From exploring the impact features have on the predictive power of a trained pipeline to digging in to how a model made an individual prediction, EvalML offers a wide variety of ways to understand the machine learning models that you train using our software. However, these sorts of methods provide values which can be hard to understand. Why are some of the permutation importance values negative? What does it mean if a feature has an “importance” of 0.0231, anyway?

To help answer these questions, we introduce a new tool for understanding how features impact a model as a whole: human-readable pipeline explanations. This tool takes the features used to train a pipeline or model and transforms them into a sentence or two that summarizes the most important takeaways. It can highlight which features have the heaviest impact on the performance of a model, or if there are any that detract from model performance.

The readable explanations are generated by calculating the importance values for each feature and splitting them into a few categories based on the percentage of the total importance they represent. With default arguments, any feature that contributes to more than 20% of the total importance is considered “heavily influential,” and anything that contributes between 5% and 20% is considered “somewhat influential.” These selected features are then added to a sentence template, listing out the top n most important features. The value of n is controlled by the user but defaults to 5.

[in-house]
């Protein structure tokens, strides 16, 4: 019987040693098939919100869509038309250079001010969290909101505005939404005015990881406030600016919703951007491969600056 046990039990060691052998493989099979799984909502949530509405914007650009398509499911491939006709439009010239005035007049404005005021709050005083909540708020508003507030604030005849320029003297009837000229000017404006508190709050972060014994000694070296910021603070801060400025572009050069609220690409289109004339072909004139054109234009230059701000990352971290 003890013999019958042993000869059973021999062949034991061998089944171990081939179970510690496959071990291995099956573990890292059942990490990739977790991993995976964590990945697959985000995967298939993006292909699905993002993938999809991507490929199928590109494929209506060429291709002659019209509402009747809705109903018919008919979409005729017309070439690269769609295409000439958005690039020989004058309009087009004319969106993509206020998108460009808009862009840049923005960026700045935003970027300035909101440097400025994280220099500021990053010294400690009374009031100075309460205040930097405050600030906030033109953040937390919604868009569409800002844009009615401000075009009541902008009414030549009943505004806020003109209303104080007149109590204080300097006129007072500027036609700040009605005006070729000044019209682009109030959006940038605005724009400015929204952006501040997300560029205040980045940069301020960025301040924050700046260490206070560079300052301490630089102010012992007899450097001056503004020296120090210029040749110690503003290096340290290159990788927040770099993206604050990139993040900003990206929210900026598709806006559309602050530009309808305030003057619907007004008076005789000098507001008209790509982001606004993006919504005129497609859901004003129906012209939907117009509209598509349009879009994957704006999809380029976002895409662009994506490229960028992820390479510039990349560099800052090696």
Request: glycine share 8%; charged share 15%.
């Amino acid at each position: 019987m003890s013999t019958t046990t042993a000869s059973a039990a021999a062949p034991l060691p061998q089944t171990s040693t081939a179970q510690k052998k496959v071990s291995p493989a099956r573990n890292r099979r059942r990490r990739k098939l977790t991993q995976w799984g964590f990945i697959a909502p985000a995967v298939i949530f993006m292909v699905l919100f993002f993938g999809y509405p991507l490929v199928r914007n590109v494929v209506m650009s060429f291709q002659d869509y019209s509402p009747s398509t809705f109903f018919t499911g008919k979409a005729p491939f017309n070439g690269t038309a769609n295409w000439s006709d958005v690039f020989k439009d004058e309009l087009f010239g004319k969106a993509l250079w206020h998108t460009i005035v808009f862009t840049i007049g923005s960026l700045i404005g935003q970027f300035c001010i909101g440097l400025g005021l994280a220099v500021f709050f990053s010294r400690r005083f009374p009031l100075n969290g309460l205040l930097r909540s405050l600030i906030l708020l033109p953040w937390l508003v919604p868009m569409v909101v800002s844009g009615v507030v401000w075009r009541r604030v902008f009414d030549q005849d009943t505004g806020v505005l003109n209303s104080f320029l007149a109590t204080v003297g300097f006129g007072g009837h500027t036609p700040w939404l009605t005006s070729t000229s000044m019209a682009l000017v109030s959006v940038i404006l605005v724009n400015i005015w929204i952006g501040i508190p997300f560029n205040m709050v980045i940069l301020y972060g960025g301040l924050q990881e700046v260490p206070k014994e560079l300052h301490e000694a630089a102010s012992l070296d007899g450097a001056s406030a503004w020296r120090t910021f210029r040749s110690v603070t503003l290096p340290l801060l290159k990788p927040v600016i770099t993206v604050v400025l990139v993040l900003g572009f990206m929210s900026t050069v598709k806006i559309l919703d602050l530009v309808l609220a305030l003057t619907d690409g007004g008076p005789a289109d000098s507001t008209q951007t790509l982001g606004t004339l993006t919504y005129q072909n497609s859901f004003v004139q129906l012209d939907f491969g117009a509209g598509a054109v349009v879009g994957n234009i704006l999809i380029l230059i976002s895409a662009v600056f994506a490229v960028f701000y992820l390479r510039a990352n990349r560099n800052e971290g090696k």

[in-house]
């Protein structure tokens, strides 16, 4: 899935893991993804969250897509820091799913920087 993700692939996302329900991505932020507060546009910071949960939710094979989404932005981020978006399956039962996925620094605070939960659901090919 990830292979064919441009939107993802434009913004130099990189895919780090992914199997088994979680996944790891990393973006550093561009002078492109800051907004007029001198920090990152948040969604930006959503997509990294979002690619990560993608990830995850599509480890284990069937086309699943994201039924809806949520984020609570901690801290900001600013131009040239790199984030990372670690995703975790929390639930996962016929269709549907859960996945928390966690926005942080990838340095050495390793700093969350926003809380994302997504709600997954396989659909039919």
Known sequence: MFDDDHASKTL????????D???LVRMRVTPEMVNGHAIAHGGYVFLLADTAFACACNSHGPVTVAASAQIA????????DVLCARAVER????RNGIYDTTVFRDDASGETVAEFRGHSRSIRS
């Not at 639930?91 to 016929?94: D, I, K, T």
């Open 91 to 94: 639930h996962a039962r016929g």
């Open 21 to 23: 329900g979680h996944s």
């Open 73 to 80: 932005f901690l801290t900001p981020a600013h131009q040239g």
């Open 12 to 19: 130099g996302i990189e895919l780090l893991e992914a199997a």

Let us look at how you can use these readable explanations with one of EvalML’s demo datasets. In this case, we explain predictions about customer churn for a company. This dataset includes useful features such as user demographics, average usage and usage types, and what sort of contract the user has.

Here, there are two calls to readable_explanation – to highlight the importance_method argument, which determines how the impact of the features is calculated. This can either be the feature importance calculated directly by a trained model, or the permutation importance computed on a pipeline with a given objective. These two methods can give you a more in-depth breakdown of which features have an impact in what situations, which we detail below.

Feature Importance

Feature importance is directly computed by the final estimator in your pipeline. This is the model itself highlighting which features it used most heavily when making predictions. Because of this, feature importance is computed based on the features that make it through the earlier parts of the pipeline to the final estimator, i.e., the transformed features. By the time the final estimator predicts on your data, categorical features are already one-hot encoded, so you can see if there is a specific category that affected the model predictions more than any other. Text features are already broken down into their numeric descriptors, so you can check if the number of characters per word had more of an impact than the diversity of those words.

If we examine our code again, we see: